By Tricitynews Reporter
Chandigarh 10th March:- The two-day 3rd Public Health Symposium at Postgraduate Institute of Medical Education and Research (PGI), organized by the School of Public Health, PGIMER, concluded today.
Several panellists discussed about social determinants of health. Saurabh Jain, Director, Swachh Bharat mission, said that sanitation is a major social determinant of health and Swachh Bharat Abhiyan, initiated on 2nd October 2014, is a small step towards achieving it. He added that about 515 cities, including Chandigarh, are now free of open defecation.
Ms. Inayat, Research Coordinator, PGI, shared her experiences from a rural area of Madhya Pradesh and emphasized the need to involve local communities.
Mirai Chatterjee, Director of SEWA, Gujarat, said that behaviour change occurs when people come together, and gave an example of ‘Vikasani Maha Mandal’ while talking about the importance of water and sanitation in health.
In her talk, Dr. Atreyi Ganguly, National Professional Officer, WHO India, said that health promotion combines diversities and requires public participation and health strategies need to be built as per the regional requirements.
Dr. Papiya G Mazumdar, Associate Professor, Institute of Public Health, West Bengal, acknowledged the various environmental factors that affect people’s health, and wanted to intensify the focus on indicators of the urban health, like air pollution and the resultant increase in various chronic diseases.
Stanzin Dawa, Regional Director, Rajiv Gandhi National Institute of Youth Development, Government of India, conveyed that there is no strong voice in mainstream Indian politics that talks about the social aspects related to health, such as poverty and education.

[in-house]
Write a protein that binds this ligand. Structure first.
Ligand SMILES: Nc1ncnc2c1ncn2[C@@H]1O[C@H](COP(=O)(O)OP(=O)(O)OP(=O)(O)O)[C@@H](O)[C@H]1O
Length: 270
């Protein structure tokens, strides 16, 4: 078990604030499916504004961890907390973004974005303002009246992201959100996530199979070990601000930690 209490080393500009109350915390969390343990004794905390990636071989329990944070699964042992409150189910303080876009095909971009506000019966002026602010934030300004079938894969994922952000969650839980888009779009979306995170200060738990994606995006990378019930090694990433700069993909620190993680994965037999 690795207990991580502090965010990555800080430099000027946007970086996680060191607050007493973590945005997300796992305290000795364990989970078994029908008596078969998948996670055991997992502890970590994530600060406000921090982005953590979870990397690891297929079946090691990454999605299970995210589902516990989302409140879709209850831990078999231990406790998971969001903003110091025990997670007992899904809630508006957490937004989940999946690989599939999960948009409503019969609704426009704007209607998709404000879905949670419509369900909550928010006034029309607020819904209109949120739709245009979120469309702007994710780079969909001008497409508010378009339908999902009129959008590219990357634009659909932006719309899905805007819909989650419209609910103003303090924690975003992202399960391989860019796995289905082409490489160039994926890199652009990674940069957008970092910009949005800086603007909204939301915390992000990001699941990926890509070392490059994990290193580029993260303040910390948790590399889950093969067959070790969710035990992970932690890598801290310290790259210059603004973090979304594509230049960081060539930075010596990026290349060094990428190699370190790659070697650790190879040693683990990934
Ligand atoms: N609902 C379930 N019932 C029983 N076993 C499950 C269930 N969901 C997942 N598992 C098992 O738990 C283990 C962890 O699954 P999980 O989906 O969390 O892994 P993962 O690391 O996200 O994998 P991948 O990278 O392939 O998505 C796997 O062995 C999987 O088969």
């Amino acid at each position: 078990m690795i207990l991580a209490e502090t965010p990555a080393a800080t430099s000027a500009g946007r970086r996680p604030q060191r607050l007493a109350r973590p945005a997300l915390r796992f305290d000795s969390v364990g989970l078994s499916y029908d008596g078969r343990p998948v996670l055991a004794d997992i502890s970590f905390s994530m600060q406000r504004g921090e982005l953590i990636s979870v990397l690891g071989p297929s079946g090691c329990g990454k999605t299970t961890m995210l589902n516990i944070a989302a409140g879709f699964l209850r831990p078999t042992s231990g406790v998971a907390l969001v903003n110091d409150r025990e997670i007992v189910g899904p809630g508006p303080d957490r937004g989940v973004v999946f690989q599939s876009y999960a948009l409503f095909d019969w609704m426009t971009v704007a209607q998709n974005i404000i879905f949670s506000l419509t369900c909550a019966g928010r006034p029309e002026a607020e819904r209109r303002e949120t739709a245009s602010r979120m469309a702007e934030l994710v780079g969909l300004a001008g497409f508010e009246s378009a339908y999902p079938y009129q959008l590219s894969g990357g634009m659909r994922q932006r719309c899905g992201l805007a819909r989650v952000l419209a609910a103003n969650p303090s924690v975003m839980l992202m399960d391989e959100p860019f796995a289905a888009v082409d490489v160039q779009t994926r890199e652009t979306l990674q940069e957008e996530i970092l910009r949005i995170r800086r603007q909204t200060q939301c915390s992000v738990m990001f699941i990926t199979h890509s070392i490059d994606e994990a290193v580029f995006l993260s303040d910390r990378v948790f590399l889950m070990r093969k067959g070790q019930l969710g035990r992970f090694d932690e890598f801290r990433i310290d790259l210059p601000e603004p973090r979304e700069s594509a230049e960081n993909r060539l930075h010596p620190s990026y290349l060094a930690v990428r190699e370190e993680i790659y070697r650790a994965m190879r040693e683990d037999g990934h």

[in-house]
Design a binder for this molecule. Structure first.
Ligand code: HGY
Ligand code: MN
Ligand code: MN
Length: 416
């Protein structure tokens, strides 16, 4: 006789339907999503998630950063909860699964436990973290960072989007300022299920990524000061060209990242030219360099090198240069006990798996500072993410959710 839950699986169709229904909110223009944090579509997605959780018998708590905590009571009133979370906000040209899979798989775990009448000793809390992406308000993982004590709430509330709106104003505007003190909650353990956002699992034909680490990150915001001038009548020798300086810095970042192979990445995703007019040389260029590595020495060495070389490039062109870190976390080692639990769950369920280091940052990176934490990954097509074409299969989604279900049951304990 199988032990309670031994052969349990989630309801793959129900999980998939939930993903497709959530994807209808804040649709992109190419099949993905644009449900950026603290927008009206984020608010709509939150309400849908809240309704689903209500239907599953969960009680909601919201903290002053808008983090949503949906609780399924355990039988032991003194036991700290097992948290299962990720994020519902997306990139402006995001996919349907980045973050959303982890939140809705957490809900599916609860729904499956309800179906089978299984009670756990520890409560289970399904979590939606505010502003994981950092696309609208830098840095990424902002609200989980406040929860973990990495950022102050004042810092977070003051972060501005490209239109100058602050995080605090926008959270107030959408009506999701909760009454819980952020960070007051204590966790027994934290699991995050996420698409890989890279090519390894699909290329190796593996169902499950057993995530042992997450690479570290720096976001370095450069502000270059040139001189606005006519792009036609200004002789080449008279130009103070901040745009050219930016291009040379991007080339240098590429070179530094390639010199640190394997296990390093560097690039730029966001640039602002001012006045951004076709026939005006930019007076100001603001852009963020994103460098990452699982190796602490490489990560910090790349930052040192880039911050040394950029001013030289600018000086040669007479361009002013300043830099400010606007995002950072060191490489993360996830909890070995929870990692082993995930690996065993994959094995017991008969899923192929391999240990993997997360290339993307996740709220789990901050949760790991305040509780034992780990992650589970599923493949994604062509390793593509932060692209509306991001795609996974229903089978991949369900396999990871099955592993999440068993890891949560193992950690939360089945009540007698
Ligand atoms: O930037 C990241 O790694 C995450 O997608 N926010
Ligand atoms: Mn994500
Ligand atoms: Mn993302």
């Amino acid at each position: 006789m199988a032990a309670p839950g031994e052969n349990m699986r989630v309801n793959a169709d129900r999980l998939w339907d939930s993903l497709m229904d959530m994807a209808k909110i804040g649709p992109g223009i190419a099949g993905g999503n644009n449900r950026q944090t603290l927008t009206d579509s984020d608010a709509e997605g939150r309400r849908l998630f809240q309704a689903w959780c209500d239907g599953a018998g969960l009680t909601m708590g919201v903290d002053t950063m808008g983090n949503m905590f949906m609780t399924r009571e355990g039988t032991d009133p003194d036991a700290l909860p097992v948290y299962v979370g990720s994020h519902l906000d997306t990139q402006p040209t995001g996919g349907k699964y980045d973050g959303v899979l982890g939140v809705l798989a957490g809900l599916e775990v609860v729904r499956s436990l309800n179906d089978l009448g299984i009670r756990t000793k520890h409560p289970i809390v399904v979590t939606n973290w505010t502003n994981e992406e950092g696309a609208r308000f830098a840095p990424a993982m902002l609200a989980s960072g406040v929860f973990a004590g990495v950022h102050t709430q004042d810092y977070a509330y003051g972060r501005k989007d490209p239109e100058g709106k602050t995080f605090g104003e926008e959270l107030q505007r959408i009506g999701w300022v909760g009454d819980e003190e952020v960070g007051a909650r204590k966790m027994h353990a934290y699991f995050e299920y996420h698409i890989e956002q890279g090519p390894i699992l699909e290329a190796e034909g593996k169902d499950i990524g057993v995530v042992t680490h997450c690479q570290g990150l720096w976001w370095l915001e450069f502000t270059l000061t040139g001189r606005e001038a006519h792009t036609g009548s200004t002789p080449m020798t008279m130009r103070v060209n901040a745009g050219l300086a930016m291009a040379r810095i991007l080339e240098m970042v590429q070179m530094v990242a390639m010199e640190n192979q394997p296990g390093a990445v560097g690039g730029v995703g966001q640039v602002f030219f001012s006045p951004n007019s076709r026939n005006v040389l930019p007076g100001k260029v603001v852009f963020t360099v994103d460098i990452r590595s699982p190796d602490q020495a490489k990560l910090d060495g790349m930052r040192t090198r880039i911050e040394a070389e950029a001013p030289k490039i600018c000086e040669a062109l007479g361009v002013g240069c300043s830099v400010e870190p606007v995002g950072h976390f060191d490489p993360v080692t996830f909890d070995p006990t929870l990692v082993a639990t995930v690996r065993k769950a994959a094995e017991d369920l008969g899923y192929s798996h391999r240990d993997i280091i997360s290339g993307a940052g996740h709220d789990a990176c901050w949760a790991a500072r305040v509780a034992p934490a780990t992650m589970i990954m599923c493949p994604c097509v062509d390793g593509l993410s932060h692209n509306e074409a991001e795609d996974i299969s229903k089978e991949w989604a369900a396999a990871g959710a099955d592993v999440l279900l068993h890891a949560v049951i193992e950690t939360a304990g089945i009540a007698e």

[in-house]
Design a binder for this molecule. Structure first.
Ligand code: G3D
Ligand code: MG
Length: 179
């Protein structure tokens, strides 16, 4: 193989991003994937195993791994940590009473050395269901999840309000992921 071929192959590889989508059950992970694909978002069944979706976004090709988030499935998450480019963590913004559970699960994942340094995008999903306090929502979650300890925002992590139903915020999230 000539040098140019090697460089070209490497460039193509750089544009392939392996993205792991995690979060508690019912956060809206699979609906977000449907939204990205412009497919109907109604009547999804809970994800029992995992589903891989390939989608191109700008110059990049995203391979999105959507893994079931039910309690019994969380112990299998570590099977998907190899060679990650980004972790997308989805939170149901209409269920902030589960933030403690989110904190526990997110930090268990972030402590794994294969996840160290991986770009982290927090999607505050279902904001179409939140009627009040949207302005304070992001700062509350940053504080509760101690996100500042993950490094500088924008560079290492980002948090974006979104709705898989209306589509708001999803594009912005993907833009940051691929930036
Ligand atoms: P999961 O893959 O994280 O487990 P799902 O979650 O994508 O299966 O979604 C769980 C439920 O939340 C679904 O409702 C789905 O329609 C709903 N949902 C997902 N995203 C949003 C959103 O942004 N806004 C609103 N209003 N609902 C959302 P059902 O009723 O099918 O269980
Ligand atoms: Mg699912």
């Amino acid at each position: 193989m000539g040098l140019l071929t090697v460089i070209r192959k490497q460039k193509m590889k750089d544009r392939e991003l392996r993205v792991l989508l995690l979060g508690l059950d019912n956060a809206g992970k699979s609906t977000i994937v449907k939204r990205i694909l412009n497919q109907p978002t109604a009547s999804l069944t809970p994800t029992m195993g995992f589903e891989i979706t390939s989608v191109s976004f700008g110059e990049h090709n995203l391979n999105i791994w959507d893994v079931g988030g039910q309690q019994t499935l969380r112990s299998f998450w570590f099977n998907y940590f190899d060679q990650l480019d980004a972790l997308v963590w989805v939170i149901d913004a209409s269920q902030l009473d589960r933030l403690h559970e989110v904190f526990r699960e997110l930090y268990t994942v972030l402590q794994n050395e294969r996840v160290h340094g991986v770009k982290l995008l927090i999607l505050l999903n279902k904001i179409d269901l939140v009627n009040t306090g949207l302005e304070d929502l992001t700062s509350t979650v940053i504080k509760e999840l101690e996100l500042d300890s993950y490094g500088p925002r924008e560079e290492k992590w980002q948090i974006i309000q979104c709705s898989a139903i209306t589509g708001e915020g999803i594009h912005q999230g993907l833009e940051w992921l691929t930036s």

Vivek Trivedi, Social Development Officer, SJSRY, Chandigarh, presented his views on the importance of the convergence in health and the ways by which it can be achieved.
Speaking on the importance of health education in the health promotion, Dr. Anil Kumar Goswami, Associate Professor, AIIMS, Delhi, said that modern lifestyle is leading to various chronic diseases, but mobilizing people is very difficult.
Dr. G.B. Singh, State Programme Officer, NPCDCS, Punjab, emphasized on the importance of peer education in improving health of the community for chronic and non- chronic diseases and noted that until and unless we are able to carry the messages to the communities all other efforts that were taken will be useless.
Dr. Ashoo Grover, Scientist E, ICMR, New Delhi, talked about the various health promotion models and the role of ICMR in health promotion.
Dr. Pyare Lal Garg, Convener, Jan Swasthaya Abhyan, Punjab, said that people know what is good for them and their health. But, they still not practice and adapt those behaviours. Reasons behind this are important to know for efficient promotion of health.
Suresh Manjre, TISS, Mumbai, shared his work experiences on rural health and developmental projects to highlight the various aspects of the health in rural areas and challenges in promoting health among rural communities.
Speaking on capacity building related to health promotion, Dr. Madhumita Dobe, Dean, AIIHPH, Kolkata, said that getting quality staff to teach health promotion is challenging”, and also stressed the importance of having a participatory, rather than paternalistic, approach even in training on health promotion.
Dr. Veera Gupta, Associate Professor, NUEPA, Delhi, spoke the need to focus on psychological aspects of students, as mental health is indirectly related to improving their physical health.
Dr. Poonam Khattar, Professor, NIHFW, suggested, “Depending on the needs of the learner, specialised health promotion courses can be offered as a short course or using e-learning or distance learning tools,” and suggested that health promotion courses may need accreditation, and health promotion be offered in workplaces as well.
Tina Rawal, PHFI, Delhi, shared an innovative health promotion among school children in called ‘Project KIDS’ by actively engaging students to provide information on chronic non-communicable diseases, health eating, etc. and to improve their health advocacy skills, for example, against tobacco use, and facilitating students parliament on health policies.